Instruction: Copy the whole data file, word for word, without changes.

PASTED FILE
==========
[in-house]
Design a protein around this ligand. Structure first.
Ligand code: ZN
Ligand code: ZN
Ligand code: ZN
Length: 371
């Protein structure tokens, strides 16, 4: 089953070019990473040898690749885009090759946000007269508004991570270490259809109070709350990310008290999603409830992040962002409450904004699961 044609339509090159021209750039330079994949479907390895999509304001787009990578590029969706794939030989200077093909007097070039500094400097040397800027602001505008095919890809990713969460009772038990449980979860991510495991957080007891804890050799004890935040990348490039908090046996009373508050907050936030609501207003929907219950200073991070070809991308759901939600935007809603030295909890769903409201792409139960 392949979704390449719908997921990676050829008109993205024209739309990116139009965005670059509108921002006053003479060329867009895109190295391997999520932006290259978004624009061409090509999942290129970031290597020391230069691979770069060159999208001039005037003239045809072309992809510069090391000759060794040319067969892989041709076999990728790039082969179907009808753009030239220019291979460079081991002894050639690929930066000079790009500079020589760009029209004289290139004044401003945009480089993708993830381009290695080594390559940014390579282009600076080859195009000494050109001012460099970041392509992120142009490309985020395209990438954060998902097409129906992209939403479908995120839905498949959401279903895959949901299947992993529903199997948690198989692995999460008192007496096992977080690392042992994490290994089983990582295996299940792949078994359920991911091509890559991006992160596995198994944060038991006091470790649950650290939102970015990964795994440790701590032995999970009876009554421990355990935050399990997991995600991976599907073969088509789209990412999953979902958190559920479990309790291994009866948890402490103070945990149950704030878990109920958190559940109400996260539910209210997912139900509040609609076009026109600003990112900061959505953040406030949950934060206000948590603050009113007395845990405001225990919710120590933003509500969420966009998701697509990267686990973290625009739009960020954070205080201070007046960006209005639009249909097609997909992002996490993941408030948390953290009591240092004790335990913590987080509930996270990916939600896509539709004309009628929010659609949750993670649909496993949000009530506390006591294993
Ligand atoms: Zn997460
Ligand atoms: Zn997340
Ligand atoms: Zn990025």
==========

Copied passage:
[in-house]
Design a protein around this ligand. Structure first.
Ligand code: ZN
Ligand code: ZN
Ligand code: ZN
Length: 371
């Protein structure tokens, strides 16, 4: 089953070019990473040898690749885009090759946000007269508004991570270490259809109070709350990310008290999603409830992040962002409450904004699961 044609339509090159021209750039330079994949479907390895999509304001787009990578590029969706794939030989200077093909007097070039500094400097040397800027602001505008095919890809990713969460009772038990449980979860991510495991957080007891804890050799004890935040990348490039908090046996009373508050907050936030609501207003929907219950200073991070070809991308759901939600935007809603030295909890769903409201792409139960 392949979704390449719908997921990676050829008109993205024209739309990116139009965005670059509108921002006053003479060329867009895109190295391997999520932006290259978004624009061409090509999942290129970031290597020391230069691979770069060159999208001039005037003239045809072309992809510069090391000759060794040319067969892989041709076999990728790039082969179907009808753009030239220019291979460079081991002894050639690929930066000079790009500079020589760009029209004289290139004044401003945009480089993708993830381009290695080594390559940014390579282009600076080859195009000494050109001012460099970041392509992120142009490309985020395209990438954060998902097409129906992209939403479908995120839905498949959401279903895959949901299947992993529903199997948690198989692995999460008192007496096992977080690392042992994490290994089983990582295996299940792949078994359920991911091509890559991006992160596995198994944060038991006091470790649950650290939102970015990964795994440790701590032995999970009876009554421990355990935050399990997991995600991976599907073969088509789209990412999953979902958190559920479990309790291994009866948890402490103070945990149950704030878990109920958190559940109400996260539910209210997912139900509040609609076009026109600003990112900061959505953040406030949950934060206000948590603050009113007395845990405001225990919710120590933003509500969420966009998701697509990267686990973290625009739009960020954070205080201070007046960006209005639009249909097609997909992002996490993941408030948390953290009591240092004790335990913590987080509930996270990916939600896509539709004309009628929010659609949750993670649909496993949000009530506390006591294993
Ligand atoms: Zn997460
Ligand atoms: Zn997340
Ligand atoms: Zn990025």